Friday, April 27, 2012

Listening Skills in the Library

During the school year, I've chronicles my efforts to teach study skills to 150 AP World History students. At some points, note taking was kind of like eating brussel sprouts, and but we improved from there.

This week, we switched gears a little bit to talk about listening skills. Specifically, we focused on 8 habits of bad listeners and how to ID the important stuff in a lecture.


Bad habits we covered included:
 
We also talked about signal words - cues and clues that help the listener understand where they are in a lecture.

Following my 20 minute mini-lesson, the teacher delivered a lecture on Chinese dynasties. This was the FIRST TIME most students had ever taken notes purely from listening, without the help of a cloze or fill-in-the-blank activity (What's up with getting to April of your 9th grade year without taking lecture notes?!? Why did we phase that out - it's such a great critical thinking/listening activity?!?).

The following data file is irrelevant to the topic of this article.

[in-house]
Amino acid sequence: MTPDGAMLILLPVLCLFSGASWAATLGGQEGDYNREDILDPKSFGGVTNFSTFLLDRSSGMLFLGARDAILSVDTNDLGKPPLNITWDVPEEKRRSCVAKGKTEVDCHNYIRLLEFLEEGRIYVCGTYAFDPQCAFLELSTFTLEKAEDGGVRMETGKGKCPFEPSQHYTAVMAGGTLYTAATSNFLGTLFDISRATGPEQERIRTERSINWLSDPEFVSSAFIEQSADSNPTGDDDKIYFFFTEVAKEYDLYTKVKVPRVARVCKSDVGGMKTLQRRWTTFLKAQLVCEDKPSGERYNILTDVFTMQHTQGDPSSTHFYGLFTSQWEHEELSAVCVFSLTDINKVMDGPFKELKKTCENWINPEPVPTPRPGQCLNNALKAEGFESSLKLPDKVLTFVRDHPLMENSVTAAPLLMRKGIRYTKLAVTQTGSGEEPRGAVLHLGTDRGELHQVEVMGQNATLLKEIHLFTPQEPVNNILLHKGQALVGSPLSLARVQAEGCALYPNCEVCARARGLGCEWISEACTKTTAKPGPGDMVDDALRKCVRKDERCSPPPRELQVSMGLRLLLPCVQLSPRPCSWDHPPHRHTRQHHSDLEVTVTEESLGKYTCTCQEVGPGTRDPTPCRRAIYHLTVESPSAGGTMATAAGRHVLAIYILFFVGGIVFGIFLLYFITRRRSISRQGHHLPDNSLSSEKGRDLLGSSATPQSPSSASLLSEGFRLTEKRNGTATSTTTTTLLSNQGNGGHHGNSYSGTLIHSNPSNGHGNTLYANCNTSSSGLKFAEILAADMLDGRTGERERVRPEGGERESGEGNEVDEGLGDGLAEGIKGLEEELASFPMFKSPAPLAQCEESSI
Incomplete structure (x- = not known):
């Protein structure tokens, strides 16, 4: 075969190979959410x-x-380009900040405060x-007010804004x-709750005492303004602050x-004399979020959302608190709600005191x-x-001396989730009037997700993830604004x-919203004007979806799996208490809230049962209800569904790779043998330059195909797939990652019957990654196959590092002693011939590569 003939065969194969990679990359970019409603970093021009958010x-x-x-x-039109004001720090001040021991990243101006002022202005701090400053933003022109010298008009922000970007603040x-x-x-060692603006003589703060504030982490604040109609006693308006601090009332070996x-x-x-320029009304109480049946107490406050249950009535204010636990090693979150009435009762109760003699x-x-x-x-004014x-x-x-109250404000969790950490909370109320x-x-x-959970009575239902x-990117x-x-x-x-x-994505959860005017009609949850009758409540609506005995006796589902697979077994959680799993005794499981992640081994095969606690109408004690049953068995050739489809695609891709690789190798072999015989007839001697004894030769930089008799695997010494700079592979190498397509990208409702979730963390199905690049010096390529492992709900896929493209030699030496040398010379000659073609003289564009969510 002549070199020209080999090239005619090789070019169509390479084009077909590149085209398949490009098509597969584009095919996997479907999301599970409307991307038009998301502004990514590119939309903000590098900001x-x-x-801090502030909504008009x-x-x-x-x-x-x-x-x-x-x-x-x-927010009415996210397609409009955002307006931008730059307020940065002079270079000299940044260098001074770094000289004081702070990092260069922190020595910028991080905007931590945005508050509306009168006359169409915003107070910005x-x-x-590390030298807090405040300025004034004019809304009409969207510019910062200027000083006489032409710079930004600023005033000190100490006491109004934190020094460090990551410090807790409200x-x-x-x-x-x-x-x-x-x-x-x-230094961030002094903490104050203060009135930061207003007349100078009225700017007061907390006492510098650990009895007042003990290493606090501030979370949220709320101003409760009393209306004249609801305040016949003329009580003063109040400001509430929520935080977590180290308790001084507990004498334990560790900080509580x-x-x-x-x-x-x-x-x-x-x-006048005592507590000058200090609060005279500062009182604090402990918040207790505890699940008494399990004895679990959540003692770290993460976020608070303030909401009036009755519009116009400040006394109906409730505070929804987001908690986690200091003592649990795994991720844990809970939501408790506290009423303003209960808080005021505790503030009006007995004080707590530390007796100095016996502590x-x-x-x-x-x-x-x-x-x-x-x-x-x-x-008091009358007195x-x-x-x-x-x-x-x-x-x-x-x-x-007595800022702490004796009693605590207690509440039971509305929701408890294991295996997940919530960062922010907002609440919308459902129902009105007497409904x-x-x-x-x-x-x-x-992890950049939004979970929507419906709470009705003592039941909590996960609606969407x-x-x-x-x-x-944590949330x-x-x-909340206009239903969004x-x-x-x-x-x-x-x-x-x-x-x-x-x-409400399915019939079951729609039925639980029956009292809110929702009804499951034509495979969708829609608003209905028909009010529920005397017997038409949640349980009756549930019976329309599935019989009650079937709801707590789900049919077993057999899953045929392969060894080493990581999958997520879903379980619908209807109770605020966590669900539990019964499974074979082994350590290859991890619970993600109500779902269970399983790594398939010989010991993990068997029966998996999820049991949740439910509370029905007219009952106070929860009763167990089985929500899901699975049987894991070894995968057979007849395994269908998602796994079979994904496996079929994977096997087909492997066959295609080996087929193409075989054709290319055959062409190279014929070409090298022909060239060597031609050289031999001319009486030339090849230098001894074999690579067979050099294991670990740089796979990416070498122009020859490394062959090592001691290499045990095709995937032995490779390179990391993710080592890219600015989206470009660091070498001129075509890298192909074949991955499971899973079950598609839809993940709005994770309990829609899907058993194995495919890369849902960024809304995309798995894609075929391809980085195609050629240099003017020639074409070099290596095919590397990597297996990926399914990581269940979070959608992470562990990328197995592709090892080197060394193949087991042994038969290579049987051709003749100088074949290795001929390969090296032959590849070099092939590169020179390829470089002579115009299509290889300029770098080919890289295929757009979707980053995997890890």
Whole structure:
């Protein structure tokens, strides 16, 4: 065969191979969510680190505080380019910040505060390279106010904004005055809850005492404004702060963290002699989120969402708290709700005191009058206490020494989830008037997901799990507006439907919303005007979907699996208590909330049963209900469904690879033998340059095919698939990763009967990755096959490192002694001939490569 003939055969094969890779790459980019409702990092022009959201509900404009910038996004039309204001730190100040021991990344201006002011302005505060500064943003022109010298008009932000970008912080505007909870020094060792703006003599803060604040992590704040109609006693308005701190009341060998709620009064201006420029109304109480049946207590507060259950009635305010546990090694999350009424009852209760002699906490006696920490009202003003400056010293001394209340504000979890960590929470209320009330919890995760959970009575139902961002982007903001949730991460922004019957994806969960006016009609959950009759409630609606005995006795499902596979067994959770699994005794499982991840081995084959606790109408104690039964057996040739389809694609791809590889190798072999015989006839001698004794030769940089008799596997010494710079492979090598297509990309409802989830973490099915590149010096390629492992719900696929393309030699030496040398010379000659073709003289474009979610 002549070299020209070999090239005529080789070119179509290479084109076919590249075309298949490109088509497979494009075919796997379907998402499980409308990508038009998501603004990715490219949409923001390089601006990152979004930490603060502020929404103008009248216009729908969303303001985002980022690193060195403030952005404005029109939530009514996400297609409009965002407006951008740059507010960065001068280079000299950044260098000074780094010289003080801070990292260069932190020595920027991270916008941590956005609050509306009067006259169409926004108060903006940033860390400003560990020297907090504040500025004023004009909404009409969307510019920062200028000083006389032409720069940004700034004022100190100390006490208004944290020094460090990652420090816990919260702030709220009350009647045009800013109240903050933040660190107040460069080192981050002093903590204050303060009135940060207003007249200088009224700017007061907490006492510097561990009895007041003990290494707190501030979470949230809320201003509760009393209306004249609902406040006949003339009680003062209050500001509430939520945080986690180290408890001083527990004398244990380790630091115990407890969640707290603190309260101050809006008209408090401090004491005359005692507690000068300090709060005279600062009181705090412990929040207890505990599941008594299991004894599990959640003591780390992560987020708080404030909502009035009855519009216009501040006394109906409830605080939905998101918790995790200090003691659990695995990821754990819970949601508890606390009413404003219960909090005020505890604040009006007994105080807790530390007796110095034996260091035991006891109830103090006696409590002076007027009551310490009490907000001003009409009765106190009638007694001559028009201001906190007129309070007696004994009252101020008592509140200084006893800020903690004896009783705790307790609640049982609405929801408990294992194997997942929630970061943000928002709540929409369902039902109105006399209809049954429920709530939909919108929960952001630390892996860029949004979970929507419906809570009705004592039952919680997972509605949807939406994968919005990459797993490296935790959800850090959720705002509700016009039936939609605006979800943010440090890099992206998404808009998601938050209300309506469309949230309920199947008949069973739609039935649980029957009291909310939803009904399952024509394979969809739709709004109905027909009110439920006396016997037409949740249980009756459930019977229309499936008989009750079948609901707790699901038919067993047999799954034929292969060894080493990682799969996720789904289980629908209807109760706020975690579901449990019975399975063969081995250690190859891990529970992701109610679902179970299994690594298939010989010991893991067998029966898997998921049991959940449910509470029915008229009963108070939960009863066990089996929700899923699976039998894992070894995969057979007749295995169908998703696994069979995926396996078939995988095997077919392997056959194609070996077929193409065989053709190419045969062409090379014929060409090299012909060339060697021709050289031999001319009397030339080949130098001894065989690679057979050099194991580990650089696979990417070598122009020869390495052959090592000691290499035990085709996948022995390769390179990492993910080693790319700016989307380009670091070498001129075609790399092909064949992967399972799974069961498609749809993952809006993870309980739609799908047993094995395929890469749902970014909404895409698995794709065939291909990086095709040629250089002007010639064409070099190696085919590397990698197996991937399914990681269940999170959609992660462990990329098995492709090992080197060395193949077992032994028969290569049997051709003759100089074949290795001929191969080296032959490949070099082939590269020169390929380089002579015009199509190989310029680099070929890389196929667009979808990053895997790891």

To help support the students, I took notes as the teacher presented, and projected them onto a side wall in the classroom. When they got stuck, they just glanced over to see if they were on the right track. On Monday, we'll continue with more of the same and teach them how to use the Evernote app.

Here's a list of the resources I used to help create this lesson:
Follow this link to my presentation -- feel free to adapt it for your own uses. 

Any other librarians out there teaching study skills?

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